By Trudy Rubin
Almost everything I hope for when it comes to foreign policy in 2024 seems outlandishly Pollyanna-ish.
But a person has the right to dream, don’t they?
So here goes. I hope that Ronald Reagan will pay a supernatural New Year’s visit to Washington, to enlighten MAGA isolationists on how Vladimir Putin is brilliantly playing them and Donald Trump. (Maybe this hope is based on just rewatching Cary Grant in that great Christmas classic, “The Bishop’s Wife,” in which he comes to Earth to rescue a failing family.)
Reagan — for all his weak spots — understood how to play hardball with the Kremlin and would be astonished at the blindness of his current GOP conferences. Reagan would never have embraced Trump’s delusions that he could hand Ukraine over to Putin without strengthening the Russian dictator in his dangerous belief that America is a spent global power.
In case Reagan’s ghost doesn’t materialize, I’m also hoping President Joe Biden finally grasps that he must enable Ukraine to destroy Russian forces this year — before the GOP delivers Kyiv to Putin. Biden deserves kudos for helping Kyiv hold off Moscow’s superior forces for two years, but the slow drip of U.S. aid has left Ukraine’s ground forces in a stalemate.
Yet, Ukraine’s daring fighters have scored dramatic successes against Russia’s Black Sea navy; last week they destroyed a Russian ship at a port in occupied Crimea.
Early 2024 is the moment for Biden to finally deliver the long-range ATACMS missiles he keeps refusing, as well as the F-16s and everything else Kyiv needs to push the Russians out of Crimea and ensure their defeat.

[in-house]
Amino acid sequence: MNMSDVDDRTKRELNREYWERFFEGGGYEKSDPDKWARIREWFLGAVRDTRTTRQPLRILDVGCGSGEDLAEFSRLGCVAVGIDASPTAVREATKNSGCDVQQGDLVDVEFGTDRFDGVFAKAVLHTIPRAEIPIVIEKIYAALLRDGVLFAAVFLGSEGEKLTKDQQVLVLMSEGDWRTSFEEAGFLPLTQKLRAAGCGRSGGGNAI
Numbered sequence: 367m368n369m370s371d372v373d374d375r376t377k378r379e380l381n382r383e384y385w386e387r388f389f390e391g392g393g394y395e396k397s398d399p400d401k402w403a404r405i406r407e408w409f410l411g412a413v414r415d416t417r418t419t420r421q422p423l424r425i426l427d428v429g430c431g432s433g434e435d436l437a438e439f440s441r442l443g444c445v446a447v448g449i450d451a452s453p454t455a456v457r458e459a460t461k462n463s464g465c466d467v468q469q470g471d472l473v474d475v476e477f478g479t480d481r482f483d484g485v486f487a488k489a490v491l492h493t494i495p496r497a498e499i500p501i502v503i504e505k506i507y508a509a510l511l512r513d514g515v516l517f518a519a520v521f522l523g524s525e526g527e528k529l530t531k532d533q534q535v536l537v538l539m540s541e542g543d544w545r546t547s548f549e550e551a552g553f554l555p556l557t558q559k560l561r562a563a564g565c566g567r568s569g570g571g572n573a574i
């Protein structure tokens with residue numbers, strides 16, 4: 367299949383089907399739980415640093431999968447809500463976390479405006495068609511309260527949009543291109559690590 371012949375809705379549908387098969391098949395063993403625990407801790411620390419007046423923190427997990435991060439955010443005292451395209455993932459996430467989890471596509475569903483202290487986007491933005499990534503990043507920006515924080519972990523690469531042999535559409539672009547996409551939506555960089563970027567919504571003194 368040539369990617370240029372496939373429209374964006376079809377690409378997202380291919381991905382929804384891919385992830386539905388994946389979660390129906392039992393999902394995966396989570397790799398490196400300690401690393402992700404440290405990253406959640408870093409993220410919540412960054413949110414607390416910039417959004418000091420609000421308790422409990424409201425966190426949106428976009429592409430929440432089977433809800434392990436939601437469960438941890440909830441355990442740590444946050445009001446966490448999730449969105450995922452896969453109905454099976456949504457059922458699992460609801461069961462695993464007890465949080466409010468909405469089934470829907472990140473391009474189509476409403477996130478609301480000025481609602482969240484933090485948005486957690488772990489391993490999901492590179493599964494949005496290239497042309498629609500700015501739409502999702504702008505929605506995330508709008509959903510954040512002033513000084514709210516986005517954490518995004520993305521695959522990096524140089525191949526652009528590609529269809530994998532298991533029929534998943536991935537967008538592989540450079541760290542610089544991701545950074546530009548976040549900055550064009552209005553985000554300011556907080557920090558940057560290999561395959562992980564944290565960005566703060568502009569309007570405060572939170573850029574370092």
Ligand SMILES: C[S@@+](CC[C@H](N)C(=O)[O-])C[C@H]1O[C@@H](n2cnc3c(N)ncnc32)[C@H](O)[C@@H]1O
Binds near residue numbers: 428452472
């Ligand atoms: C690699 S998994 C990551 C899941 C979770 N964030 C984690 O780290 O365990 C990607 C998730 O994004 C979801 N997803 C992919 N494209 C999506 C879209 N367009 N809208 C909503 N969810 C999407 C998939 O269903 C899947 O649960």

I am hoping that sane Senate Republicans and Democrats come up with a desperately needed formula for asylum reform on the southern border, but, in my dreams, it shouldn’t be tied to Ukraine aid.
Meantime, I am hoping (but not hopeful) that the government of Israel’s highly unpopular Prime Minister Benjamin Netanyahu will fall.
Otherwise, the Israeli leader’s policies are likely to drag his country into a disastrous reoccupation of Gaza and ensure that most Israeli hostages are killed in the fighting while laying waste to the entire Gaza Strip.
Yes, Israel needs to punish the Hamas terrorists for their heinous attack on Oct. 7.
Yet the current war strategy is unlikely to destroy Hamas’ vast underground tunnel network or catch its top leaders, even as it kills thousands of Palestinian civilians.
Even if Biden puts more pressure on Netanyahu to end the war sooner, I fear he will refuse. As his many Israeli critics point out, the longer the war extends, the longer Netanyahu can avoid taking responsibility for the government’s prewar security failures.
And the longer he can stave off his multiple trials for corruption. Not only do Netanyahu’s policies undermine his country’s future security, but they dash any hope that this brutal war can lead to a diplomatic formula that addresses the broader issues that underlie the fighting — the political future of the Palestinian people or even the future of the Gaza Strip.
Most of all, however, I’m hoping the majority of U.S. voters in 2024 will recognize that, like the emperor in the old fairy tale, the wannabe dictator Trump “has nothing on” except his ego. When it comes to foreign policy, he failed miserably on almost every issue as president. Openly admiring dictators, he was fooled by Putin and by North Korea’s Kim Jong-un — who built up his nuclear arsenal even as Trump bragged of the “love letters” between them.
Trump’s policy on China, based only on raising tariffs, failed to make any progress on wider security issues. It was Trump who signed the surrender agreement with the Taliban.
Trump’s Middle East policies wrongly assumed that the Palestinian political issue could be ignored indefinitely. His proposed draconian trade tariffs would cost American jobs, raise prices and further antagonize allies. Putin is openly rooting for a GOP victory in 2024 because he expects Trump’s global policies will undermine democracies around the world and strengthen dictators like him. I hope his expectations will be proven categorically wrong.
Trudy Rubin is a columnist and editorial-board member for the The Philadelphia Inquirer. This was distributed by Tribune Content Agency.